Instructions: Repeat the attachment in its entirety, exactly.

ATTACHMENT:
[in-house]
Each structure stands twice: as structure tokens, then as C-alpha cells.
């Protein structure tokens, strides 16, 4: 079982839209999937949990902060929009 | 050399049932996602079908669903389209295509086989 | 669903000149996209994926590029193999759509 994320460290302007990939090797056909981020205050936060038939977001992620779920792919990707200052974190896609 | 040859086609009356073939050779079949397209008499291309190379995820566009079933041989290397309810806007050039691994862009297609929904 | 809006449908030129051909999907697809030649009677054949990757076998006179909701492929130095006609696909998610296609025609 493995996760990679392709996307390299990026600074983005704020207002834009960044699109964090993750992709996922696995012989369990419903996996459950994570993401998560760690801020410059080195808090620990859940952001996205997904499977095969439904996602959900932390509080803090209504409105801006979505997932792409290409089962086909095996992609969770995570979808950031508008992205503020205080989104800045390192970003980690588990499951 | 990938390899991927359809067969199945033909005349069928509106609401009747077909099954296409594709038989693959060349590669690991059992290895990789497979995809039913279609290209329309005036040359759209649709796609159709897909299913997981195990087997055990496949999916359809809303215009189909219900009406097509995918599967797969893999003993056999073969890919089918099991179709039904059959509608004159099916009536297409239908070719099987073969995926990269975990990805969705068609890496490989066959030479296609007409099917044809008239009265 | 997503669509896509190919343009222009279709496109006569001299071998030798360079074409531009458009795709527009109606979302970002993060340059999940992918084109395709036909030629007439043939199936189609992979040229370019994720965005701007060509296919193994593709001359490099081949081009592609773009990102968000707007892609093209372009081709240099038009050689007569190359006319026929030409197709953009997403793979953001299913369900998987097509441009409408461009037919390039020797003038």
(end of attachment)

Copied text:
[in-house]
Each structure stands twice: as structure tokens, then as C-alpha cells.
């Protein structure tokens, strides 16, 4: 079982839209999937949990902060929009 | 050399049932996602079908669903389209295509086989 | 669903000149996209994926590029193999759509 994320460290302007990939090797056909981020205050936060038939977001992620779920792919990707200052974190896609 | 040859086609009356073939050779079949397209008499291309190379995820566009079933041989290397309810806007050039691994862009297609929904 | 809006449908030129051909999907697809030649009677054949990757076998006179909701492929130095006609696909998610296609025609 493995996760990679392709996307390299990026600074983005704020207002834009960044699109964090993750992709996922696995012989369990419903996996459950994570993401998560760690801020410059080195808090620990859940952001996205997904499977095969439904996602959900932390509080803090209504409105801006979505997932792409290409089962086909095996992609969770995570979808950031508008992205503020205080989104800045390192970003980690588990499951 | 990938390899991927359809067969199945033909005349069928509106609401009747077909099954296409594709038989693959060349590669690991059992290895990789497979995809039913279609290209329309005036040359759209649709796609159709897909299913997981195990087997055990496949999916359809809303215009189909219900009406097509995918599967797969893999003993056999073969890919089918099991179709039904059959509608004159099916009536297409239908070719099987073969995926990269975990990805969705068609890496490989066959030479296609007409099917044809008239009265 | 997503669509896509190919343009222009279709496109006569001299071998030798360079074409531009458009795709527009109606979302970002993060340059999940992918084109395709036909030629007439043939199936189609992979040229370019994720965005701007060509296919193994593709001359490099081949081009592609773009990102968000707007892609093209372009081709240099038009050689007569190359006319026929030409197709953009997403793979953001299913369900998987097509441009409408461009037919390039020797003038």